The movable connection of the seat to the backrest is such that when the seat is advanced from the sitting position (FIG. 1), the rear of the seat drops under the weight of the occupant of the chair, this stored energy being utilized, through linkage connection to the footrest 16 to extend the footrest out in front of the seat.
With the descent of the rear end of the seat and the extension of the footrest, the backrest 12 is, in effect, elongated, and its lower end is carried forwardly relative to the seat 14. This increase in the rearward slope of the backrest tends to increase, or at least to preserve, the angularity of the backrest to the seat in the sitting position while the assemblage of seat and backrest as a body-supporting unit is tilted somewhat rearwardly to an intermediate, partially reclined, or "inclined" position (FIG. 2).
From the intermediate position, i.e., with the rear end of the seat lowered and with the footrest extended, the chair may be increasingly reclined by further rearward pressure of the shoulders on the backrest and resulting forwardly thrusting reaction upon the seat, the footrest maintaining its extension (FIG. 3).
The occupant begins the return of the chair from the reclined position to the upright sitting position simply by first sitting up. This action eliminates the forward thrust of the body upon the seat, and permits the latter to return rearwardly by gravity into the intermediate position. Then, by flexing his knees to retract the footrest, the occupant raises the seat, and his own weight, to restore the chair to sitting position.
In the illustrated preferred embodiment of the chair of the invention, the armless L-shaped chair frame 10 is built of wood and comprises a box-like base frame of relatively deep side members 18 with upright angled back members 20 joined together by a narrow cross member 22 at their tops to form the upstanding back portion of the chair frame. The two sides of the chair frame are joined at the back by a deep cross member 24 connected between the uprights of the back portion, and at the front by a relatively shallow cross member 26 which bridges the chair frame beneath the seat. At each front corner, the chair frame is provided with a leg 28 which raises the front of the chair above the floor. At its rear end, the chair frame 10 is actually supported by the backrest, whose load in turn is transferred to the floor by a rear leg structure comprising a wooden cross member 30 having secured at each of its ends a forwardly extending cam block 32 which together form a corner for the attachment of the rear chair legs 34.
The rear legs 34, their connecting cross member 30, and forwardly extending cam blocks 32 constitute a rear leg framework which is movably mounted on the chair frame 10 by means of a pair of forwardly extending links 36 upon which the rear leg structure is movable into the chair frame. The pivotal attachments of the two mounting links 36 to the side members 18 of the chair frame and to the rear leg structure, respectively, are not equidistant, i.e., the resulting four-bar linkage is not a parallelogram linkage, the purpose of the double-link mounting being to rotate the rear legs as the chair frame is lowered and raised, thus to maintain the front-to-rear distance between the points of contact of the legs with the floor as the rear leg structure moves into the chair frame, principally during the movement from the intermediate or "inclined" position (FIG. 2) to the position of full recline (FIG. 3), and vice versa. The manner and purpose of lowering the chair frame on the rear legs will subsequently be explained.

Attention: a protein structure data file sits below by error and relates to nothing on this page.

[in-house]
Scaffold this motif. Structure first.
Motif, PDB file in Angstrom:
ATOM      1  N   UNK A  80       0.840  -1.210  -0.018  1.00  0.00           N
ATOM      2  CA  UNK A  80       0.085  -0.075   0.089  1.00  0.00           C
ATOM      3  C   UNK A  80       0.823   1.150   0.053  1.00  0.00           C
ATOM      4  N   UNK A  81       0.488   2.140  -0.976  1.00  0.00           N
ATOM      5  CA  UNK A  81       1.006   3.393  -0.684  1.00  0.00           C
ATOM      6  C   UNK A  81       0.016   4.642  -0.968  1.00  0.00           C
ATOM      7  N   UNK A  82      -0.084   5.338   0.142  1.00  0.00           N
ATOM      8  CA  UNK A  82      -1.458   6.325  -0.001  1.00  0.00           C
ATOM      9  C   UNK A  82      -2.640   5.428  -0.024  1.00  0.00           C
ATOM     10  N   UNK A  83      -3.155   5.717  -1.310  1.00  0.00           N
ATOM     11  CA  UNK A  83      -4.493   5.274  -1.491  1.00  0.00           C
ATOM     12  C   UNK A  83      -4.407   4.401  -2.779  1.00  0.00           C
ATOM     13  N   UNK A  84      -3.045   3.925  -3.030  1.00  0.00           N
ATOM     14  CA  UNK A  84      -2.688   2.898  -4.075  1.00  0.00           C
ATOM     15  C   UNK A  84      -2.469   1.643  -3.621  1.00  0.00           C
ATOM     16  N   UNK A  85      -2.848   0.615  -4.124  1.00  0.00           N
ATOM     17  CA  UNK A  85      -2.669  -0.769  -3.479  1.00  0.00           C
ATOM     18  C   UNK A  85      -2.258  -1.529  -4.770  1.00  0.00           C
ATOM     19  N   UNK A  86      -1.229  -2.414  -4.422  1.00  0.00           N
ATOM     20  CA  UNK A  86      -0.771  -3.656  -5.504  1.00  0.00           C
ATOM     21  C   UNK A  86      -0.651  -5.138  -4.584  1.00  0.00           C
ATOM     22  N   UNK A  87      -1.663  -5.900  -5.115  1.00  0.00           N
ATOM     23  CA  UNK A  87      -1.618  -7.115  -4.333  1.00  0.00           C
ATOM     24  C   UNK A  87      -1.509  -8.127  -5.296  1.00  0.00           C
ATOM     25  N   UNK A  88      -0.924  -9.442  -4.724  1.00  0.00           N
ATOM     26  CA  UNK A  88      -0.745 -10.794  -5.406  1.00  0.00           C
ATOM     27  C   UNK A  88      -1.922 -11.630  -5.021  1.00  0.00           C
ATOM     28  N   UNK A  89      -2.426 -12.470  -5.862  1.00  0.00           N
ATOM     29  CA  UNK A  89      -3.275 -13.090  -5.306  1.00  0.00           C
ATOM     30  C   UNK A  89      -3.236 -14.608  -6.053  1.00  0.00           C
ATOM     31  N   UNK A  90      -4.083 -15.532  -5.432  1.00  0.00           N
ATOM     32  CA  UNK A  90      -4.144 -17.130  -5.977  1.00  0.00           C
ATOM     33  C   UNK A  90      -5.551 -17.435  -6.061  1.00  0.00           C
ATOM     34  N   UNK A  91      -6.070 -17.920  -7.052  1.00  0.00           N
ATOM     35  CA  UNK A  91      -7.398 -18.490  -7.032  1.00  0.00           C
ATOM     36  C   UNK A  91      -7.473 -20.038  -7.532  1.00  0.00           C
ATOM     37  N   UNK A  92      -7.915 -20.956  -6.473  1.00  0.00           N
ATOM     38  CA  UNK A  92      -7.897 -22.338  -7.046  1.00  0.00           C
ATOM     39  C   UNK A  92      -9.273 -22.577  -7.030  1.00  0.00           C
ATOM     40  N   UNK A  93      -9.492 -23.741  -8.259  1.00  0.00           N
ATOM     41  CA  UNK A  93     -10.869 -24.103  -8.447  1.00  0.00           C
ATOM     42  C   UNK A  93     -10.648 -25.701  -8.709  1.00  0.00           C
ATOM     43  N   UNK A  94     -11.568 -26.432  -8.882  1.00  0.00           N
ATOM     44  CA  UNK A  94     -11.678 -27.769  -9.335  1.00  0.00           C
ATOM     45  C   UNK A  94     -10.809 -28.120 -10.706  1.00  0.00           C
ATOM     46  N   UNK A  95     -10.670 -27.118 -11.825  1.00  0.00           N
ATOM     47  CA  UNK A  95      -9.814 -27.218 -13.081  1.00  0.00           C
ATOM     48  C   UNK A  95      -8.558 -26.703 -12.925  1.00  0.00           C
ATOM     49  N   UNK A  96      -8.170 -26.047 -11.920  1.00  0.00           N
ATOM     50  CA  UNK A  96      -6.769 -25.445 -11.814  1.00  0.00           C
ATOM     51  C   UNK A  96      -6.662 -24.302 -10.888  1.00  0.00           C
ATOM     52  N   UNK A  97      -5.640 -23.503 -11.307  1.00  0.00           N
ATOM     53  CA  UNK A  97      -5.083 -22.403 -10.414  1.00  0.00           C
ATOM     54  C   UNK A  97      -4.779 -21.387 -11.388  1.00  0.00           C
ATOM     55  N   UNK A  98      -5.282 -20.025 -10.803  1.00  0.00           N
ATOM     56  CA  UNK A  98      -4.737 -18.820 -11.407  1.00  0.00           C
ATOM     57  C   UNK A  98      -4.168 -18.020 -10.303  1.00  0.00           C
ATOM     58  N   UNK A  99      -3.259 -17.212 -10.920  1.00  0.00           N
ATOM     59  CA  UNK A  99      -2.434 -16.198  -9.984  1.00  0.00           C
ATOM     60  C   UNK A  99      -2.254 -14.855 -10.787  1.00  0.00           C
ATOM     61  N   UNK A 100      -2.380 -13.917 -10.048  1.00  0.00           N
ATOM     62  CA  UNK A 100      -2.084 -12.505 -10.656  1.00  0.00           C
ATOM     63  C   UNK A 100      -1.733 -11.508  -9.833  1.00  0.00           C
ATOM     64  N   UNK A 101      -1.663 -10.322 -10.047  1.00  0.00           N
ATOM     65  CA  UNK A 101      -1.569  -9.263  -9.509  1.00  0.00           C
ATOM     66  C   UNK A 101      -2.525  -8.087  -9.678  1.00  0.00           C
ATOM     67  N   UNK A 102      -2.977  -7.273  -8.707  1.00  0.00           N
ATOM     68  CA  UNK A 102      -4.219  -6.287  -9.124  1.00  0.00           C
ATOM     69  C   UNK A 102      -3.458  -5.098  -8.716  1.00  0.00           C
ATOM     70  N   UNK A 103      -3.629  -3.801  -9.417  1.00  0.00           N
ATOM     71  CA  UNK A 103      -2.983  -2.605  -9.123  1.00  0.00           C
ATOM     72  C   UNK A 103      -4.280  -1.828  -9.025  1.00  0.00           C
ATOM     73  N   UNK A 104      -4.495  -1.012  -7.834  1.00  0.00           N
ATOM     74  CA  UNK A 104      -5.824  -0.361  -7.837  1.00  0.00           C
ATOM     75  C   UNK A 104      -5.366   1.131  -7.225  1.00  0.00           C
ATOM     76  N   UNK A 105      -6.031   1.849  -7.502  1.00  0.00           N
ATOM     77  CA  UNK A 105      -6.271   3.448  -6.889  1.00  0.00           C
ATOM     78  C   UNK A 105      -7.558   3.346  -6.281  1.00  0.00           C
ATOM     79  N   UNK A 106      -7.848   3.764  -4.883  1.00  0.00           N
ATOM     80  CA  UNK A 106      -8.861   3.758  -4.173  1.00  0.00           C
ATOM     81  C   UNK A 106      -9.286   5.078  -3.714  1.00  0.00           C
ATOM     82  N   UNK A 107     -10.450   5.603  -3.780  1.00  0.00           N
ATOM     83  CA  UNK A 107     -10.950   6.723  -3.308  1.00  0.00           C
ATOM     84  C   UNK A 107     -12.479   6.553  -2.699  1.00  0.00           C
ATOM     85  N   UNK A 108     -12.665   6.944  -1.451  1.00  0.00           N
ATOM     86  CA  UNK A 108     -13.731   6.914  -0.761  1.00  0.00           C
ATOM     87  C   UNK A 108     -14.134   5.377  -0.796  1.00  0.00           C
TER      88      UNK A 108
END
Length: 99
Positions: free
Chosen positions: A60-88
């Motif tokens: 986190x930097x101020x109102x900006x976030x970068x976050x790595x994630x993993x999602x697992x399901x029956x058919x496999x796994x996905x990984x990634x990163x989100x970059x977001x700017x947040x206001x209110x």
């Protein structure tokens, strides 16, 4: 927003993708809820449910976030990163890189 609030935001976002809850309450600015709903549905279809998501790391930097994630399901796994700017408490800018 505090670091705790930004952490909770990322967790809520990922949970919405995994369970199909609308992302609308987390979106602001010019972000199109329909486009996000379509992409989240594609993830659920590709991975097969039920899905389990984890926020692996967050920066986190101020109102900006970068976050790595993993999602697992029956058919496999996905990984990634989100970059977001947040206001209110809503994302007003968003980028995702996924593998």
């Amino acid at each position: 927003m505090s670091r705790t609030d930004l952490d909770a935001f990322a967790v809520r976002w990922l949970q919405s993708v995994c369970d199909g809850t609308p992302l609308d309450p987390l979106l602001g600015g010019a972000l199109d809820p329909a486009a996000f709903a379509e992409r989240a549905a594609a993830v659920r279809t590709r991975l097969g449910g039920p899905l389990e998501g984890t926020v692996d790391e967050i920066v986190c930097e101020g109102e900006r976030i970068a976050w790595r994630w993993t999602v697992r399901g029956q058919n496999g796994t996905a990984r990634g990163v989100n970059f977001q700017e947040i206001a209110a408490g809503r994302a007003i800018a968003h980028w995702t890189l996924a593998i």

The backrest 12 is a rectangular wooden frame which is pivotally suspended at its upper end from the uprights 20 of the back portion of the chair frame 10, as by headed pins 38 having bearing clearance in holes in the chair frame uprights 20 and a drive fit in aligned holes in the upper cap member of the backrest near its upper end. The backrest 12 is pivoted at each side to one of a pair of upstanding strut links 40, each of which in turn is pivoted at its lower end to one of the mounting links 36 of the rear leg framework of the chair. Each strut link 40 thus constitutes a toggle with the forwardly and rearwardly swingable backrest 12 and, with the backrest, supports the rear end of the chair frame 10 in all positions of the chair.
The seat 14 is likewise a rectangular wooden frame whose side members are placed on edge and whose front and rear cross members are laid flat and joined with the side members at notches in the latter to provide a flat upper perimeter for the seat frame.
At each side of the seat frame, extending longitudinally thereof along the lower outside edges of the side members at the front thereof, is a C-shaped metal channel 42 which is secured to the seat and receives between its curled flanges a roller 44 journalled upon the inwardly facing wall of the side member 18 of the chair frame 10, at the upper front corner of the same. The interfitted channels 42 and rollers 44 provide a pivotal mounting for the seat 14 at the front of the chair frame 10, as well as permitting fore-and-aft movement of the seat relative to the chair frame.